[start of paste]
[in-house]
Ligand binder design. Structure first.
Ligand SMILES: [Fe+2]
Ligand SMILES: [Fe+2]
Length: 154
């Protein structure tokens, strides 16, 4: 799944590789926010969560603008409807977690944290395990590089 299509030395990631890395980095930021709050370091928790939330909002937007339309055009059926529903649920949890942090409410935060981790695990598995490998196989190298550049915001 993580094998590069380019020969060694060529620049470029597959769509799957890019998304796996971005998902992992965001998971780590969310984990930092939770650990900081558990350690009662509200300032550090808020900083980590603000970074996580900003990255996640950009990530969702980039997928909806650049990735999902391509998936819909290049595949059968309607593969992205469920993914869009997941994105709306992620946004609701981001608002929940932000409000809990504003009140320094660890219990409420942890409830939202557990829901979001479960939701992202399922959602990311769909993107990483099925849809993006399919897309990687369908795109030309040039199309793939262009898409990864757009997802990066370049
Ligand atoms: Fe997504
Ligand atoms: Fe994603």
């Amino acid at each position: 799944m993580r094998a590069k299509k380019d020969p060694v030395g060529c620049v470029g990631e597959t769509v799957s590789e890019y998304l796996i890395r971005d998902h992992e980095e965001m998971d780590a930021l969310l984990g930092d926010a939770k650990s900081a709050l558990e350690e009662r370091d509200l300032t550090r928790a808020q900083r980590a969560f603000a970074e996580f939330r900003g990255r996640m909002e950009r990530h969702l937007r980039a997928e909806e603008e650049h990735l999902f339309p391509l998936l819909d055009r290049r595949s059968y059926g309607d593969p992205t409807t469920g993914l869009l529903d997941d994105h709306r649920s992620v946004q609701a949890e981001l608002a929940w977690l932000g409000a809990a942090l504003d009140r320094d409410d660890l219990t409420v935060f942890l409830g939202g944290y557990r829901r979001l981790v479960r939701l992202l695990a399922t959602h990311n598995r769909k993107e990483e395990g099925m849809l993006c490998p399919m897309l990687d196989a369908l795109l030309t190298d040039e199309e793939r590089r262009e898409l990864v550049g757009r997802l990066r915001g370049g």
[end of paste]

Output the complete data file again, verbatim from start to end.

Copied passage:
[in-house]
Ligand binder design. Structure first.
Ligand SMILES: [Fe+2]
Ligand SMILES: [Fe+2]
Length: 154
């Protein structure tokens, strides 16, 4: 799944590789926010969560603008409807977690944290395990590089 299509030395990631890395980095930021709050370091928790939330909002937007339309055009059926529903649920949890942090409410935060981790695990598995490998196989190298550049915001 993580094998590069380019020969060694060529620049470029597959769509799957890019998304796996971005998902992992965001998971780590969310984990930092939770650990900081558990350690009662509200300032550090808020900083980590603000970074996580900003990255996640950009990530969702980039997928909806650049990735999902391509998936819909290049595949059968309607593969992205469920993914869009997941994105709306992620946004609701981001608002929940932000409000809990504003009140320094660890219990409420942890409830939202557990829901979001479960939701992202399922959602990311769909993107990483099925849809993006399919897309990687369908795109030309040039199309793939262009898409990864757009997802990066370049
Ligand atoms: Fe997504
Ligand atoms: Fe994603």
């Amino acid at each position: 799944m993580r094998a590069k299509k380019d020969p060694v030395g060529c620049v470029g990631e597959t769509v799957s590789e890019y998304l796996i890395r971005d998902h992992e980095e965001m998971d780590a930021l969310l984990g930092d926010a939770k650990s900081a709050l558990e350690e009662r370091d509200l300032t550090r928790a808020q900083r980590a969560f603000a970074e996580f939330r900003g990255r996640m909002e950009r990530h969702l937007r980039a997928e909806e603008e650049h990735l999902f339309p391509l998936l819909d055009r290049r595949s059968y059926g309607d593969p992205t409807t469920g993914l869009l529903d997941d994105h709306r649920s992620v946004q609701a949890e981001l608002a929940w977690l932000g409000a809990a942090l504003d009140r320094d409410d660890l219990t409420v935060f942890l409830g939202g944290y557990r829901r979001l981790v479960r939701l992202l695990a399922t959602h990311n598995r769909k993107e990483e395990g099925m849809l993006c490998p399919m897309l990687d196989a369908l795109l030309t190298d040039e199309e793939r590089r262009e898409l990864v550049g757009r997802l990066r915001g370049g």